I see the supporting Inf and/or Cav just being adjacent as sufficient to prevent any enemy unit just moving onto a Musketeer unit.

Happy to be proved wrong if there is anyone out there that knows better.

Thanks.
 
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Steve Bishop
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It’s an interesting argument and I can see both points of view here, I suppose we should be trying to work out what the design intent was. So let’s look at what is typically going to happen as the Parliamentarian line rumbles forward.

If we assume a line of Royalist Musketeers in front of their own infantry (so no Musketeers are interspersed as they are with the cavalry in the above example), each Musketeer unit is 60 men and the advancing Parliamentarian infantry are 500 men probably in the ratio of at least two musket to every pike armed infantryman, so about 330 muskets in the infantry unit, more than five times that of the Musketeers ‘Forlorn Hope’.

The pike/musket block advances adjacent and before combat the Royalist Musketeers get to take a shot, if it is their first they need 5 or 6 to hit. In the Parliamentarian combat phase any undisrupted pike/musket now gets to fight but they don’t use the normal CRT; this is because there is no way the Forlorn Hope is going to take them on hand to hand, they will be falling back in front of the pikes and I presume the 4 to 6 the pike/muskets need to hit them represents the volume of fire from the musket blocks.

On to the next Parliamentarian turn and now if the musketeers haven’t fired and moved away they are between the forces of the main infantry lines. The Parliament pike/musket blocks now advance and there is no way the forlorn hope units can stand up to this they would just disintegrate as each unit of 500 men sweep them aside.
Now whether they should be counted as eliminated or not is another matter, would they be incorporated into the infantry behind them, have they done their job and just leave to the rear, or do they flee the field?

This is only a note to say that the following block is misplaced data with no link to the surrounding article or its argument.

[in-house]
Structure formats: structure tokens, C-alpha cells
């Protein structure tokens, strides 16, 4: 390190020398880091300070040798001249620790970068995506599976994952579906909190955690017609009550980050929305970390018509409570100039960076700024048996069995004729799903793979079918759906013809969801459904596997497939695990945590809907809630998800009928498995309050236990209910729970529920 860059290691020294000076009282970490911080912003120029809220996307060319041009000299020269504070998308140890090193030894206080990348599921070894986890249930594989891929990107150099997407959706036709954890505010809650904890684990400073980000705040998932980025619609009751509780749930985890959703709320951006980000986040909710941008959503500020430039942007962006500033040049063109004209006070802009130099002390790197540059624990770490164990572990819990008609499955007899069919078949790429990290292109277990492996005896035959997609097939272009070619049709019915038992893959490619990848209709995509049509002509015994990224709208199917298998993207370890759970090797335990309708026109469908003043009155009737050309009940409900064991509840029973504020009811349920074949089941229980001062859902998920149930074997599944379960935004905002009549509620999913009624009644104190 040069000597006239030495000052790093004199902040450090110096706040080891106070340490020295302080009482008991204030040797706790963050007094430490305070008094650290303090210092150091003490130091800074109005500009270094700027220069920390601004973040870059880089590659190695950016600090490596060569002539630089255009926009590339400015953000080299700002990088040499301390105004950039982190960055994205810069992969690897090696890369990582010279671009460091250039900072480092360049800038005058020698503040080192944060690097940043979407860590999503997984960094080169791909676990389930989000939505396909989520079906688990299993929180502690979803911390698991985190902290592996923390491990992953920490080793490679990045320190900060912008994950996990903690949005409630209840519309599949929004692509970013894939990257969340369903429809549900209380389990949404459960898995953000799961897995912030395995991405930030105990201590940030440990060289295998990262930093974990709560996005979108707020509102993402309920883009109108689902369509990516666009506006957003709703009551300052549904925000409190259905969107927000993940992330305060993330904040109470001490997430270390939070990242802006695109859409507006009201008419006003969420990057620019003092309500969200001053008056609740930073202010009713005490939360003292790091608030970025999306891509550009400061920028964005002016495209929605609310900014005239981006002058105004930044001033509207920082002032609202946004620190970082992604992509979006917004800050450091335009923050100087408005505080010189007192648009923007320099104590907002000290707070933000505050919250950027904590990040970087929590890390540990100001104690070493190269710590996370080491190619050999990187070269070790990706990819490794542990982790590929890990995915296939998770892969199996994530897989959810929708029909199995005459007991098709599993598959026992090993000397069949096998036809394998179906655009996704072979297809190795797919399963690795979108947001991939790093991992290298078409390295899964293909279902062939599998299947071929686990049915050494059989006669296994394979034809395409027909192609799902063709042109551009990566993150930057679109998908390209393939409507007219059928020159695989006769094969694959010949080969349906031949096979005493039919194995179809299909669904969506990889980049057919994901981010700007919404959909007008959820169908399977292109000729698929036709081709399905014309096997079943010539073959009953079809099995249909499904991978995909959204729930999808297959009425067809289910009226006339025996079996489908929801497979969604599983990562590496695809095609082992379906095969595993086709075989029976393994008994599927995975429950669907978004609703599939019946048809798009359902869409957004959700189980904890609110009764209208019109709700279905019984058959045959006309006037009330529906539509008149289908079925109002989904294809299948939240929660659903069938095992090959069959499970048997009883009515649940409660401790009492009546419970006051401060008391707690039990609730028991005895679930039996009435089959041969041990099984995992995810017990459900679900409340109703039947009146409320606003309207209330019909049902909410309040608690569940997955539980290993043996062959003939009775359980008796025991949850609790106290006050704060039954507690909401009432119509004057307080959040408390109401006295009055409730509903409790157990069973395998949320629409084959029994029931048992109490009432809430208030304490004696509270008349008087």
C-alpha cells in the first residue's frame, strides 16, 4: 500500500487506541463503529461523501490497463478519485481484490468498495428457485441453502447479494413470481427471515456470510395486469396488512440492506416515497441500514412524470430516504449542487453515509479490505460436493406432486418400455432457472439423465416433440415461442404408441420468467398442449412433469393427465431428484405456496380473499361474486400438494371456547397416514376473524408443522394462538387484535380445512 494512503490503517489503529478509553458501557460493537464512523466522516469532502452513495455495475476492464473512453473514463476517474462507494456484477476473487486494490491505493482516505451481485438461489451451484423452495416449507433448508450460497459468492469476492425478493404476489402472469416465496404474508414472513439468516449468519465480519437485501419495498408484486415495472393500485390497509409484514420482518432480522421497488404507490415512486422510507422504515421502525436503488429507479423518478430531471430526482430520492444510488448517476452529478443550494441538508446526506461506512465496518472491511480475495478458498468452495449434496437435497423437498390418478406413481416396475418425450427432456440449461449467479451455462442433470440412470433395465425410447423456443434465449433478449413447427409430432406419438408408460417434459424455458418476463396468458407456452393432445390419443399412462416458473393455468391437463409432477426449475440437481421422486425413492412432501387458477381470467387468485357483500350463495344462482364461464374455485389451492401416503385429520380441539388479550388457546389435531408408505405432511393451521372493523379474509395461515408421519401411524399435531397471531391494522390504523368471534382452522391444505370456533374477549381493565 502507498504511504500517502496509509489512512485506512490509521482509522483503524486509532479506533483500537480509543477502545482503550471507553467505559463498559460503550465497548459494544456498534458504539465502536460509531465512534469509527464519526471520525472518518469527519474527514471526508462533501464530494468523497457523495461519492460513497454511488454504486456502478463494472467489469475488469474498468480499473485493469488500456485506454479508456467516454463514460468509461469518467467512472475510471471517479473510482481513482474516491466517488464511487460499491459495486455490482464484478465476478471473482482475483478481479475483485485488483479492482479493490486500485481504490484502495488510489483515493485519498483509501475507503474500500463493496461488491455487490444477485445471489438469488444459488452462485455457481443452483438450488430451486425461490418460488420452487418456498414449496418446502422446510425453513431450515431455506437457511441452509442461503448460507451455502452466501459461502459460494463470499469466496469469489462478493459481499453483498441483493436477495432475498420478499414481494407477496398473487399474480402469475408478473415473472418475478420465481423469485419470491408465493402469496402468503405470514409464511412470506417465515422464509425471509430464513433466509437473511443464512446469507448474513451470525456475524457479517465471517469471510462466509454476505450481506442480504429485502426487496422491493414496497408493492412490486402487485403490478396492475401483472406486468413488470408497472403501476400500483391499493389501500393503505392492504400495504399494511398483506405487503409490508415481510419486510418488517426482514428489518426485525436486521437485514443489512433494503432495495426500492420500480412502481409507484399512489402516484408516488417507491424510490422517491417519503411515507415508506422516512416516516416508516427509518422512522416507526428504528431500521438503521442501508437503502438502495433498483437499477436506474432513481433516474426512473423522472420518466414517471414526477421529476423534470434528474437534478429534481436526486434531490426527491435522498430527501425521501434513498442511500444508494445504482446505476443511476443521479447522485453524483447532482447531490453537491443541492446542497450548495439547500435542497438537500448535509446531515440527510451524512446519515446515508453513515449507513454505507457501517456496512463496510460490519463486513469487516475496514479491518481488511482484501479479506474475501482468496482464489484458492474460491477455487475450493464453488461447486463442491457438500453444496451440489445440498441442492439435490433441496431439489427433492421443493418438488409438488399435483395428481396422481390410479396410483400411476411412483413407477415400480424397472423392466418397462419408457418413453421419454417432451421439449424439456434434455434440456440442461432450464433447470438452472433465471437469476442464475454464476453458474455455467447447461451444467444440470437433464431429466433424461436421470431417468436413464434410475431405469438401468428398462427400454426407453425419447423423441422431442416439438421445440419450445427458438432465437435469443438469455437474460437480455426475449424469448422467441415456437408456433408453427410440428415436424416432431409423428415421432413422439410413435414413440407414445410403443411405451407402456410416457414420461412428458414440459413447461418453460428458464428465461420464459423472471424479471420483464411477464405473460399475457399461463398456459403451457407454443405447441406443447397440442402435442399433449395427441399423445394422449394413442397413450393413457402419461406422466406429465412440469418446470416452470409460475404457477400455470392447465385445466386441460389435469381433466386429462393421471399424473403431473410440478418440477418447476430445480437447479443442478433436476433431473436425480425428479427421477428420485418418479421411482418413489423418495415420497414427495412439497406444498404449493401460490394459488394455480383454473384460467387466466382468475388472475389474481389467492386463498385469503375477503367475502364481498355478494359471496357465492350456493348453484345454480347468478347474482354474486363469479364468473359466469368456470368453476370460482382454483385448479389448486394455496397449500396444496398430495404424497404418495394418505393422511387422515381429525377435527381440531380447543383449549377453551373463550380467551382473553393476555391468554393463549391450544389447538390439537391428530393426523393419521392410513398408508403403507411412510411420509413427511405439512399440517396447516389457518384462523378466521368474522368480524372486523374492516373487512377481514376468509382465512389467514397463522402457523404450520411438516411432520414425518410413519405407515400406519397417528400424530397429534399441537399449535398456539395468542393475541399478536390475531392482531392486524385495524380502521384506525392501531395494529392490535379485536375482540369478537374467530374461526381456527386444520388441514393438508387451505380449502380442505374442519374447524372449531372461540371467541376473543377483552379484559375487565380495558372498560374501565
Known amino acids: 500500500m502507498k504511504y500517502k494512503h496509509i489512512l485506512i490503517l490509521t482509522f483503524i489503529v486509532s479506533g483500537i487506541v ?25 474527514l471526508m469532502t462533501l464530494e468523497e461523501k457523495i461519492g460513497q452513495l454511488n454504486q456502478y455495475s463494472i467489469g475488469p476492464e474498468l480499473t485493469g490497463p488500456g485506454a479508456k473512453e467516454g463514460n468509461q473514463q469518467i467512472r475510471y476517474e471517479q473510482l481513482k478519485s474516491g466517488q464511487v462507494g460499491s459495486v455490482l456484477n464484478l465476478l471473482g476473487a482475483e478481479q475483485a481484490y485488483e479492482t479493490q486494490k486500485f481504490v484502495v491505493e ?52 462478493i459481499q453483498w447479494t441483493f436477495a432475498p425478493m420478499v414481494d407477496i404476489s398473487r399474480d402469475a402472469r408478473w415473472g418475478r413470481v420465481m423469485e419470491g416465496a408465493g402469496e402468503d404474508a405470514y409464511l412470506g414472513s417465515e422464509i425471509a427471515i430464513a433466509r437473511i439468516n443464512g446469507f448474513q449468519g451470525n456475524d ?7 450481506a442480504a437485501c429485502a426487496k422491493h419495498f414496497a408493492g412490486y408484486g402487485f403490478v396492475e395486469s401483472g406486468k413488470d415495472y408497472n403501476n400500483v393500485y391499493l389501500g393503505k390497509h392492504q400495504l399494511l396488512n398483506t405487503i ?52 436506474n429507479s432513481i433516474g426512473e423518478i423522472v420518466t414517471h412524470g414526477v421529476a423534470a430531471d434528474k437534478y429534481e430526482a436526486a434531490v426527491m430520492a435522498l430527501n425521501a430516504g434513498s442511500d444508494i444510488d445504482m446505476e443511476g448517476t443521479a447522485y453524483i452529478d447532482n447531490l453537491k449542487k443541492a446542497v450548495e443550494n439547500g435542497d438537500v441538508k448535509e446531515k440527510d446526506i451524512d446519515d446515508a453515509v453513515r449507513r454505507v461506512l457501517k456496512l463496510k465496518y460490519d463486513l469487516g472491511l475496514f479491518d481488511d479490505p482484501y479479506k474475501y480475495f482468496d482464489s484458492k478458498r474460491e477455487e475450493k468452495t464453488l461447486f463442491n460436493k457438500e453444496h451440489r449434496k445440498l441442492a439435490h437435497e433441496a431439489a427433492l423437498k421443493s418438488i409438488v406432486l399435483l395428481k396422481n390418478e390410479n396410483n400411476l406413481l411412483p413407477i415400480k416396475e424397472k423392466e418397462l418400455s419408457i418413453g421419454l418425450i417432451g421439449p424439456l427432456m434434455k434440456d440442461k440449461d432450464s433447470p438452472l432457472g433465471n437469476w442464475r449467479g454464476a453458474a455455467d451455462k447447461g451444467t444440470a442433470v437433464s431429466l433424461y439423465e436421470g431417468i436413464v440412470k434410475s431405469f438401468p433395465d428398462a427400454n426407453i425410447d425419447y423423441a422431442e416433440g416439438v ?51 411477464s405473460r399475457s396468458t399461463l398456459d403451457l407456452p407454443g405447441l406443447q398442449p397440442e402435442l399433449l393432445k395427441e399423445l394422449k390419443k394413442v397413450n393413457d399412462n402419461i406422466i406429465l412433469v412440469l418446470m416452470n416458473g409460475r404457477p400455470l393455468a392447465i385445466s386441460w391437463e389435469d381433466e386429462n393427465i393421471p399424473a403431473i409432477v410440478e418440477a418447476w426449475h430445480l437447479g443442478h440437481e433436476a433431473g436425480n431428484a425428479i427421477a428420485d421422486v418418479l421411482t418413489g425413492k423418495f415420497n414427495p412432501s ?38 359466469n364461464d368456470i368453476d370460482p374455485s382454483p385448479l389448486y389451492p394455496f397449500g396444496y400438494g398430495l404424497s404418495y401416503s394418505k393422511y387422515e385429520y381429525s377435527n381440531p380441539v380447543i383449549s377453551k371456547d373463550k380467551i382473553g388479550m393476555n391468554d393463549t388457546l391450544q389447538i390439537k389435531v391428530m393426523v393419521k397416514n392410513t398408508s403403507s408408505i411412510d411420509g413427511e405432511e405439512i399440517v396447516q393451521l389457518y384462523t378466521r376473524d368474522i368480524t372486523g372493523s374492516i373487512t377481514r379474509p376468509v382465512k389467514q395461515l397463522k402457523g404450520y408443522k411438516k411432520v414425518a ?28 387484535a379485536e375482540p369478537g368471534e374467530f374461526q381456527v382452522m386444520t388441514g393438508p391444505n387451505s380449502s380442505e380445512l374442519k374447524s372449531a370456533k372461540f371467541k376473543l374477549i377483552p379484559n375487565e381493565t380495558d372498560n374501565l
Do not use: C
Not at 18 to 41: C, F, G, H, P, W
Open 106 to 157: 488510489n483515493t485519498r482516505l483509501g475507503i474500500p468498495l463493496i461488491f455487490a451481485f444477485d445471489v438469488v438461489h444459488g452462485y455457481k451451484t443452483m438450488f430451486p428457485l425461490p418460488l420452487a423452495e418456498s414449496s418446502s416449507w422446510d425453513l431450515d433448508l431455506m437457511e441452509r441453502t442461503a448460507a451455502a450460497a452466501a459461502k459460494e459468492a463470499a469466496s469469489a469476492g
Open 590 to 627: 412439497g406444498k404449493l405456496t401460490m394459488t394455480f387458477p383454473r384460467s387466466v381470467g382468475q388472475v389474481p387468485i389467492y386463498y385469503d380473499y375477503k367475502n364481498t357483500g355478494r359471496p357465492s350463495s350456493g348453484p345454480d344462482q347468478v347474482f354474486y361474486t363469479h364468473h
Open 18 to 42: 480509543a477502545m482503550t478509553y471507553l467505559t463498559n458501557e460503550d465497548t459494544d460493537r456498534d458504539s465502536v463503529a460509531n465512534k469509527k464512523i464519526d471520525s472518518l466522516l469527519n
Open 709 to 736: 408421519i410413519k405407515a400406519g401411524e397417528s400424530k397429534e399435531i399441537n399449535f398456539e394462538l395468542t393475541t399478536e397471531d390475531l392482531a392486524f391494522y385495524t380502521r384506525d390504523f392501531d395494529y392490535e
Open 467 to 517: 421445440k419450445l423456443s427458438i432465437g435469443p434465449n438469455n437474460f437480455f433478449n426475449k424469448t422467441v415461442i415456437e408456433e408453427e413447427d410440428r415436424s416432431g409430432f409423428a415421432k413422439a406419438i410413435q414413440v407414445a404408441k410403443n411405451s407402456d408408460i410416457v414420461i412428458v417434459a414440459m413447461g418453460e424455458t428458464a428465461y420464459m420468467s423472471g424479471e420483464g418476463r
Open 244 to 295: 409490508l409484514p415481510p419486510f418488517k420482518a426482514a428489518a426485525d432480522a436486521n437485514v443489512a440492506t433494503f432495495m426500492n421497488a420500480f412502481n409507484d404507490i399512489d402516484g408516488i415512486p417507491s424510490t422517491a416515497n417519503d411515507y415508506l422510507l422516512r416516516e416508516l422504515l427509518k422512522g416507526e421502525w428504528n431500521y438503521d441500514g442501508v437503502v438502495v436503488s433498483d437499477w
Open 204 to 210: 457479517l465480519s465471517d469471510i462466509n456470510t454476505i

The reason I think the infantry can advance and eliminate the Musketeers is a sort of negative logic, why have the rule in the first place if its only use is against single isolated Musketeer units that are not in ANY other units ZOC and then specifically explain the cavalry rule in I 3.


 
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Barry Ingram
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I'm not that familiar with this period of military history so cannot really give insightful comment to what the designer may or may not have intended to simulate. All I can do is follow the COWTRA principle i.e. concentrate on what the rules allow.

I think you have it nailed in one of your earlier posts where you said...

bishuk wrote:


The more I think about this the more I think the situation in I 1. is to cover that where the Musketeers have left the support of their own lines and are no longer in any friendly ZOC's.

If only the designer was a member of BGG


So a line of musketeers, out front and separated from any (adjacent) support of non musketeers units, would be vulnerable to be 'ridden down' by enemy cavalry, but would provide mutual support against adjacent enemy infantry if they stand adjacent. Add to this the additional adjacent line of Royalist infantry behind them and again, I think it is the case that the Parliamentarian infantry cannot move onto the mustekeer unit because they have the mutual (adjacent) support of their own infantry.

Given the rules for combat no musketeer unit is going to last more than (on average) 2 turns standing to face adjacent enemy infantry so I would suggest this is not unreasonable in terms of the game-play and likely outcome if they are used just to stand and delay.

It seems we have an impasse